Sebatian’s Voodoo is an animated short film by Joaquin Baldwin, a student at UCLA. Baldwin, a Paraguay native, has earned over 120 international awards for his varied works. Sebastian’s Voodoo earned numerous awards; 29 in total, including a silver metal in the animation category at the 2009 Student Academy Awards, finishing second to Kavi, a film we viewed as a class.
Sebastian’s Voodoo is a story of friendship in a dire situation. It speaks clearly to the idea of self sacrifice for the greater good. The voodoo dolls are the captives, hung on dirty racks in a grungy room, simply waiting for death. The dolls are rendered in a unique way; extremely high resolution. You can see the desperation in the eyes and silent interaction between the eventual victims, even with just the most basic features. Each doll is composed of simple felt, their only features are two stitched eyes and a red X to clearly mark the heart.
The film itself lacks dialogue entirely, however, the sheer excellence of the animation turns this fact into an extreme advantage. Any conversation would have taken away from the impact of the film, in my opinion.
Baldwin stepped into an uphill battle when creating this film. Nearly every technical aspect of the film draws away from a dramatic experience, almost as if the director was hoping to challenge himself. His intent was clearly to create a moving film, one that speaks to the heart of the viewer. He wants the audience to connect on a deep level with simple objects. He loses the advantage of a human connection when deciding to use the VooDoo concept, and actually turns the viewer against the only human in the film; the captor. Even the films animation could potentially add to this disconnect as most people associate animation with more lighthearted subjects. He also chooses to play out the entire film in under 5 minutes, putting himself against the clock to form a connection and establish his intent.
Baldwin overcomes these obstacles and then some with this film. Sebastian’s Voodoo has a more compelling story than most feature films that are released. Nick Fevola’s excellent musical scores only add to the dramatics.The film is a display of spectacular animation and storytelling all done in minimal time. The story is compelling enough that it could be expanded to feature length, although this may take from the impact.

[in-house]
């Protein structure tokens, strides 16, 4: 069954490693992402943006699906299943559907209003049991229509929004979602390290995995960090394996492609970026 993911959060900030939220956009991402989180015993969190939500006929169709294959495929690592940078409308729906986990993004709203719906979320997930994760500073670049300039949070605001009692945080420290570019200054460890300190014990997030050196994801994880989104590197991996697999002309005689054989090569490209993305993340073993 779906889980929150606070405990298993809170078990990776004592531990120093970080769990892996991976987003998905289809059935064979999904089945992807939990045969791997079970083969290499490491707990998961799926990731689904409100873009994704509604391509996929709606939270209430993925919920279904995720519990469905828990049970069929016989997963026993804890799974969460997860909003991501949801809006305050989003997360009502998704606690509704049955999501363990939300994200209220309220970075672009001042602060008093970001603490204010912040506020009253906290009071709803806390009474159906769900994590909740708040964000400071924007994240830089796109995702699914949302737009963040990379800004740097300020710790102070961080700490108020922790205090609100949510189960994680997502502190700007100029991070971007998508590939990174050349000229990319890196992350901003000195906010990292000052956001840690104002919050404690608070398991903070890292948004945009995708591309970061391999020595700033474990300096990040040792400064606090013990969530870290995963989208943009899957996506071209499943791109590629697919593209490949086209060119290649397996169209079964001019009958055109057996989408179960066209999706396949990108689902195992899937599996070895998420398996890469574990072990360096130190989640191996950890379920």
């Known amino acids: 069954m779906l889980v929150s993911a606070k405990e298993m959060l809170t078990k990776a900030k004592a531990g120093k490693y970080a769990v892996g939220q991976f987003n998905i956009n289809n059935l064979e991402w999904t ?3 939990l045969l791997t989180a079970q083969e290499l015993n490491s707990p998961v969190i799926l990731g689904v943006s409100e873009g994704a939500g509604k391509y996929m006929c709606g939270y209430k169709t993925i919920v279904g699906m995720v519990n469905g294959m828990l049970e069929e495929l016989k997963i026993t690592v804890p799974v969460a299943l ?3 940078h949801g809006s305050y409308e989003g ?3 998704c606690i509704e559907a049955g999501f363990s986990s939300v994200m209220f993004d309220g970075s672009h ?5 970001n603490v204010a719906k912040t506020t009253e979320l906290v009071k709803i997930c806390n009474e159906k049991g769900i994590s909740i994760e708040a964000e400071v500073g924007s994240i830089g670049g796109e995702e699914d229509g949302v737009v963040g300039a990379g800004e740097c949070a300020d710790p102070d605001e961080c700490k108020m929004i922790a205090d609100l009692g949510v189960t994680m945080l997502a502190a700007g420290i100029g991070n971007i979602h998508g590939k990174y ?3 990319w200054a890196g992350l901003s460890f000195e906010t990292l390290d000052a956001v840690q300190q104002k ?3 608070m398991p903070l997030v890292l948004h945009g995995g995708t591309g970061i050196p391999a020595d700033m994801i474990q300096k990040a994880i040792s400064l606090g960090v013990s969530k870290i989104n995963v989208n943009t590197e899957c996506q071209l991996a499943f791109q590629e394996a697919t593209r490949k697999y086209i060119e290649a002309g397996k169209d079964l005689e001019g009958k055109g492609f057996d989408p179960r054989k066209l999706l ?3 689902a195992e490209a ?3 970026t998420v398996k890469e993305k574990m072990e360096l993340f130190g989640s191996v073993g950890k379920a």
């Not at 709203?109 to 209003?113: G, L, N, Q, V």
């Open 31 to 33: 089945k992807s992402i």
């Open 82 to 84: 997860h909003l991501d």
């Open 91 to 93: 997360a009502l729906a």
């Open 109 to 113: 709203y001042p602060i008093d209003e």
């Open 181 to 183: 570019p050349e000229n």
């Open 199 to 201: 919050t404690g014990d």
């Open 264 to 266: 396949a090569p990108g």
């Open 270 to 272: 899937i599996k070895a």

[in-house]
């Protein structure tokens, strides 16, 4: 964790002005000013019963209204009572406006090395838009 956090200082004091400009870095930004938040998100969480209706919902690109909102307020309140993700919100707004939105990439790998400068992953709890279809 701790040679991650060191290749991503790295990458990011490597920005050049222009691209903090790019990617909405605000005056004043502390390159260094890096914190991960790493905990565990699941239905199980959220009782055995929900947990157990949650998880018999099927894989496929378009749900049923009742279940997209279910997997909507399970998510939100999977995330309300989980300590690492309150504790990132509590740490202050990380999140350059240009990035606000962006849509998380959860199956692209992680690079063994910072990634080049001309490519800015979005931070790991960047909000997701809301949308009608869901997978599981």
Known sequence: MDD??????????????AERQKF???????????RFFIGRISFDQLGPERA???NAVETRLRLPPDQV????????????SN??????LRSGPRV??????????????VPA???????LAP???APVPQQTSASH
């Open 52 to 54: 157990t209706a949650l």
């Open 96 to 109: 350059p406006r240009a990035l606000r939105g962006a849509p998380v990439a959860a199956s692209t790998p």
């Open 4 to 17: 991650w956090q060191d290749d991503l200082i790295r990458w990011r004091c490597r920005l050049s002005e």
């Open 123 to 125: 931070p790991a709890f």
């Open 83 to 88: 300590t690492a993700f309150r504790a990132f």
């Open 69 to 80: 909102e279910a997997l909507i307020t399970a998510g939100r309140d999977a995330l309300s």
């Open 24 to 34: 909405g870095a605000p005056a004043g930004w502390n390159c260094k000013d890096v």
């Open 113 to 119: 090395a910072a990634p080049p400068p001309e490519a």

He makes the decision to only show the hands of the torturer until the final moments of the film. I believe this helps to keep the focus on the main point, the dolls. The anonymity of the captor creates a notion that they are being held by a greater power, invoking the feeling of an impossible situation.
One scene in particular shows clearly the influence the film can have. In the final moments of the film, one doll in the grasp of the enemy, the other, having escaped, desperate to save him. The rogue doll locks himself into the human captor, and begins using his voodoo powers, attempting to slow the inevitable. He stabs his arm and causes a jolt to the human, barely slowing him. Then, he moves to his leg. The pain this causes can be seen clearly on the simple face of the animated doll. Then, as the human’s pin crawls toward the victim, the two dolls know what needs to be done. They lock eyes, and with sadness painted on its face, the main character makes the ultimate sacrifice, plunging the pin through his own heart, killing the human and freeing the rest of the dolls.
The film leaves a somber mood about it, and I cannot emphasize enough how impressed I was with Baldwin’s ability to animate a film. I went into the film expecting a simple animated story, and what I got was an excellent film that happened to be animated. My only gripe is that I would like to keep watching.